with 9/11

   with 9/11

Threatened Order

David Scheu

There are few questions that inflame passions as much as this: is there a connection between international terrorism and the religion of Islam? US President Donald Trump seems to want to give this impression. During the presidential campaign, for instance, he criticized: “Hillary Clinton’s catastrophic immigration plan will bring vastly more radical Islamic immigration into this country, threatening not only our security but our way of life.” His rhetoric culminated in a controversial executive order to deny entry to the United States for people from seven majority Muslim countries, which has entered public discourse as the “Muslim Ban”.

Clash of Cultures
or War on Terror?

The alleged incompatibility of Western and Islamic values has long been a polarizing topic. As early as 1993, for instance, US political scientist Samuel Huntington predicted a “Clash of Civilizations” between Western and Islamic nations. The September 11, 2001 attacks on the USA by Muslim terrorists appeared to confirm Huntington’s theory in the eyes of many, especially after the religiously shaped US President George W. Bush called for a “War on Terror”. In the period that followed, this war was often interpreted in both the media and in scholarship as a religious war against Islam. But was Bush’s goal really a “Clash of Cultures”? Let us take a look at the sources directly after the attacks.

What threatens us?

The attacks on the morning of September 11, 2001 claimed thousands of victims, devastated the heart of Manhattan in front of the eyes of the world, and rattled an entire country. The universal question became: who was responsible? Very soon, the US administration blamed the Al-Qaeda terror network around Osama bin Laden. The terror group was seen as an existential threat to the USA because it demanded the global validity of its totalitarian ideas about society: “Al-Qaeda’s goal is remaking the world and imposing its radical beliefs on people everywhere”, said Bush. The populace reacted to the national trauma on the one hand by displaying great solidarity and a readiness to help. But there were also signs of an erosion of social order and social peace. On September 18, 2001, for instance, the New York Times reported about attacks on mosques in a variety of places across the USA.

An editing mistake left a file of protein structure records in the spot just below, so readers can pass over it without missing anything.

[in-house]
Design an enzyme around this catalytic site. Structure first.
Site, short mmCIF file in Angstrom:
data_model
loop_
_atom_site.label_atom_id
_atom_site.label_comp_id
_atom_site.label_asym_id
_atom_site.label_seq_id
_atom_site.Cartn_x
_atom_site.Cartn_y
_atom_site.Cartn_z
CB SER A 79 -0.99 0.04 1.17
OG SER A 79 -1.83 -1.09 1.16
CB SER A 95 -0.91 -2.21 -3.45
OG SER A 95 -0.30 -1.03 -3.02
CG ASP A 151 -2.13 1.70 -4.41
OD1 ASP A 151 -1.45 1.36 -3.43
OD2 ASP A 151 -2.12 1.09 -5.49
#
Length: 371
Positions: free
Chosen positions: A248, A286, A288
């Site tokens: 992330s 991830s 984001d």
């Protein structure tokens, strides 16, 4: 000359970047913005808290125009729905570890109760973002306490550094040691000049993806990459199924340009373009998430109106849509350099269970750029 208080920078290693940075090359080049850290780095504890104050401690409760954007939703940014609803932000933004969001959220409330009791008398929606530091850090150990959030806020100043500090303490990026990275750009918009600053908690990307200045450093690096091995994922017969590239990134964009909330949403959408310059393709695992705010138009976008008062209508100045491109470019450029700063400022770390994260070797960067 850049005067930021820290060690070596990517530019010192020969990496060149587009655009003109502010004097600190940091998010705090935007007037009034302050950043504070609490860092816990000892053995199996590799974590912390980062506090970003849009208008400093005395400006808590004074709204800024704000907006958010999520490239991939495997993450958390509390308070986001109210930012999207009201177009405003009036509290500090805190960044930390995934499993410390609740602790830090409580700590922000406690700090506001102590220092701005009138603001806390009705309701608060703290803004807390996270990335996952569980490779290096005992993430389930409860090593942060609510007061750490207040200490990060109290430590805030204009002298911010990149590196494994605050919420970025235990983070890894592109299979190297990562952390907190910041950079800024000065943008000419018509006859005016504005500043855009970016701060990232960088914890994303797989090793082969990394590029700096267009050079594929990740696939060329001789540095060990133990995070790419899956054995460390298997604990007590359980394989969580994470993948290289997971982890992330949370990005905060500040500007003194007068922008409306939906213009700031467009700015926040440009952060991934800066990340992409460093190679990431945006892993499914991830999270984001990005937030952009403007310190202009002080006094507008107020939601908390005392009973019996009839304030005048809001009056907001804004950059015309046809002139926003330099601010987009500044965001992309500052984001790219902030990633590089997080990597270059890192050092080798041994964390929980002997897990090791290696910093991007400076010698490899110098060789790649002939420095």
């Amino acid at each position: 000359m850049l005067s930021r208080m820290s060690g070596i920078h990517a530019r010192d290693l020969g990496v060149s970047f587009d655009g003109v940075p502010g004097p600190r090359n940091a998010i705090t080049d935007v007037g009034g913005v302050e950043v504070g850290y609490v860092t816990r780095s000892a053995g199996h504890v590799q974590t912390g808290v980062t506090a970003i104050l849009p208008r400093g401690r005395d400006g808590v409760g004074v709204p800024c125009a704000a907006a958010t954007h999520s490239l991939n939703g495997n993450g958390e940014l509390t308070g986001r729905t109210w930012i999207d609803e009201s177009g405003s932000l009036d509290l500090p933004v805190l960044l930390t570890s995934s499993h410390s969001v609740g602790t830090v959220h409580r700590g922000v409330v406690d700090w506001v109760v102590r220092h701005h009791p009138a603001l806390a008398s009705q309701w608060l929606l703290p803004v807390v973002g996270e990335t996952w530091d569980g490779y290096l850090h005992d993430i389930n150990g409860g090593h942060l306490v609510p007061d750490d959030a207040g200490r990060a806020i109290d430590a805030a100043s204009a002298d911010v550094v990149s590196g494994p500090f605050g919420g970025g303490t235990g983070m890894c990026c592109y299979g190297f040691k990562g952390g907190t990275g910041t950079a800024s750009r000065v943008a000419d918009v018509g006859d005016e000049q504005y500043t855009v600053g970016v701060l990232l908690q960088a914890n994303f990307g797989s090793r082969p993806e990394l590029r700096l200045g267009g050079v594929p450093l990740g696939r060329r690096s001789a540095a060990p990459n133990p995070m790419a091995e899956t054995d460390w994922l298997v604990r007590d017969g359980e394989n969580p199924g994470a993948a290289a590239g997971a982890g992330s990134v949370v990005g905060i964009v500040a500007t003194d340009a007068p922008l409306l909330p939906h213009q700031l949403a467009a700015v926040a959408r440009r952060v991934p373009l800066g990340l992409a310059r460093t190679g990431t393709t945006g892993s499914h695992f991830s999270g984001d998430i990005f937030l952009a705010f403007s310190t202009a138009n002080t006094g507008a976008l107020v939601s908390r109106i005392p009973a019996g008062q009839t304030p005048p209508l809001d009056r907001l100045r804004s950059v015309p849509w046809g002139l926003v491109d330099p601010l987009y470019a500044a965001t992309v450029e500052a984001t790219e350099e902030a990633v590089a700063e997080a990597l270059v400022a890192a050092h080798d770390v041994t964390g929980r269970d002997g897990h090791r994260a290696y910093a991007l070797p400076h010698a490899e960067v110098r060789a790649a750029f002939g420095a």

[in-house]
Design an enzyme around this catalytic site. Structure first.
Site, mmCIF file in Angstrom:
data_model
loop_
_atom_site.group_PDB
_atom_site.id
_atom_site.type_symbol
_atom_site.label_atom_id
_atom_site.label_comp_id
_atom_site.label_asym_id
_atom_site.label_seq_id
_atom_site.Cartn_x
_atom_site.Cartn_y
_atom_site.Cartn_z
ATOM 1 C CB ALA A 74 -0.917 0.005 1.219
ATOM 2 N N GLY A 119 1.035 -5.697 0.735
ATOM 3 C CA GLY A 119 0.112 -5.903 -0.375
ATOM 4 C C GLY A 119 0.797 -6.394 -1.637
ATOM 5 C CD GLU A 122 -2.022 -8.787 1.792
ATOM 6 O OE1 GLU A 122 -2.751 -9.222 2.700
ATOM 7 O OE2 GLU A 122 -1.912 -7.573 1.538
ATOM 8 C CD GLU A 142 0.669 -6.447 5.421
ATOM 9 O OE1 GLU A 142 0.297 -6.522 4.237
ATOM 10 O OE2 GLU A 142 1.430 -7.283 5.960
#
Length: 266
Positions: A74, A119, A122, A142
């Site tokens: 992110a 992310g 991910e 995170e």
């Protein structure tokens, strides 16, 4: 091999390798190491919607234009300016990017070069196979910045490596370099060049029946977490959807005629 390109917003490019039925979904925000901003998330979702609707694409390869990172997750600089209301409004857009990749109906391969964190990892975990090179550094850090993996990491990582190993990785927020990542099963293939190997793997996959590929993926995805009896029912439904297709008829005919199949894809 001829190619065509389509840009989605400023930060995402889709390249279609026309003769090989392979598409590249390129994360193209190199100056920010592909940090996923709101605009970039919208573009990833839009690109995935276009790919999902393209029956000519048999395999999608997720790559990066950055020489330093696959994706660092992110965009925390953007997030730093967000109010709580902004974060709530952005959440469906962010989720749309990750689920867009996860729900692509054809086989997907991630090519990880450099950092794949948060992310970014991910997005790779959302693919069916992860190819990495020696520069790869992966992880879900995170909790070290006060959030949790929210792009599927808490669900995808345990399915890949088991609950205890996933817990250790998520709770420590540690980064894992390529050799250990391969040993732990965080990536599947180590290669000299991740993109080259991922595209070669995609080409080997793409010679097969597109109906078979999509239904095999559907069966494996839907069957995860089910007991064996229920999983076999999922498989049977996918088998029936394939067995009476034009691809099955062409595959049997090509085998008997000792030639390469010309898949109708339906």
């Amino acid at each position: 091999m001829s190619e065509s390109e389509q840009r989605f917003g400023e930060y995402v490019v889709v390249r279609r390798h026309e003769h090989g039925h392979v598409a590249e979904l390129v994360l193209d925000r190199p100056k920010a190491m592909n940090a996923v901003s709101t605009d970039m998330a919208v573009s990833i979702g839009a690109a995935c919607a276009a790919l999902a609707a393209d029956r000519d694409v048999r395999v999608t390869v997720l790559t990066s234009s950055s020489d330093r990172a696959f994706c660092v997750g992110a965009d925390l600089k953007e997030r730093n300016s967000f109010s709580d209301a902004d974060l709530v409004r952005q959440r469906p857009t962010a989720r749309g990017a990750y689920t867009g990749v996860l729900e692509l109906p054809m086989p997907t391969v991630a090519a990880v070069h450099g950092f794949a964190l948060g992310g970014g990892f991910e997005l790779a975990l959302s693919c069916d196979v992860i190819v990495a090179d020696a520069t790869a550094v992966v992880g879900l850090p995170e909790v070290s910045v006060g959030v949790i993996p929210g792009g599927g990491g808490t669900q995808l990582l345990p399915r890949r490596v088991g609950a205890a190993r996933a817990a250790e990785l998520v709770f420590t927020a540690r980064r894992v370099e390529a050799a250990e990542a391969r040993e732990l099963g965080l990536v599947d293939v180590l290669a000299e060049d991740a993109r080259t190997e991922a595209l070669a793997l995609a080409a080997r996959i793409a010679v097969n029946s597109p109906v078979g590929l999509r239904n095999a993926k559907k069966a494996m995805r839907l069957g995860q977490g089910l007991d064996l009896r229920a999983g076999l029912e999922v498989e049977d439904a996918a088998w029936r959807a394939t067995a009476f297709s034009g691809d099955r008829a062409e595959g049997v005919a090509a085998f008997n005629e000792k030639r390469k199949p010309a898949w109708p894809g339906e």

On the right: Osama Bin Laden (Source: Bundeszentrale für politische Bildung)

Who are we?

Meanwhile President Bush believed such behavior was inappropriate, and quickly made it clear that Muslim Americans had been impacted by the attacks to the same extent as everyone else. In his speeches and public appearances, he explicitly integrated Muslims into the American self-image. On September 14, 2001, Bush took part in a Christian service, and three days later visited a mosque at the Islamic Center of Washington, where he also read from the Quran. He asserted that the teachings of Islam are peaceful, and that the terrorists in fact had desecrated the name of Allah. The President thus did not describe a purely Christian American identity, but rather one that was shaped by religion and which sought to achieve the broadest possible level of social cohesion. On September 20, 2001, he also spoke about the same topic in his only unscheduled speech to Congress in his entire eight-year presidency. According to Bush, the driving force behind the attackers was their fear of America’s free way of life: “The terrorists are traitors to their own faith, trying, in effect, to hijack Islam itself. (…) They hate what they see right here in this chamber, a democratically elected government.” Representatives from both parties repeatedly stood for ovations throughout the speech in order to convey a sense of national unity to a shaken populace.

Links: Präsident George W. Bush im Islamic Center in Washington
AUSZUG aus der Rede Bushs vor dem
US-Kongress vom 20.09.2001
[…] I also want to speak tonight directly to Muslims throughout the world. We respect your faith. It’s practiced freely by many millions of Americans, and by millions more in countries that America counts as friends. Its teachings are good and peaceful, and those who commit evil in the name of Allah blaspheme the name of Allah. The terrorists are traitors to their own faith, trying, in effect, to hijack Islam itself. The enemy of America is not our many Muslim friends; it is not our many Arab friends. Our enemy is a radical network of terrorists, and every government that supports them. Our war on terror begins with al Qaeda, but it does not end there. It will not end until every terrorist group of global reach has been found, stopped, and defeated. […] quotes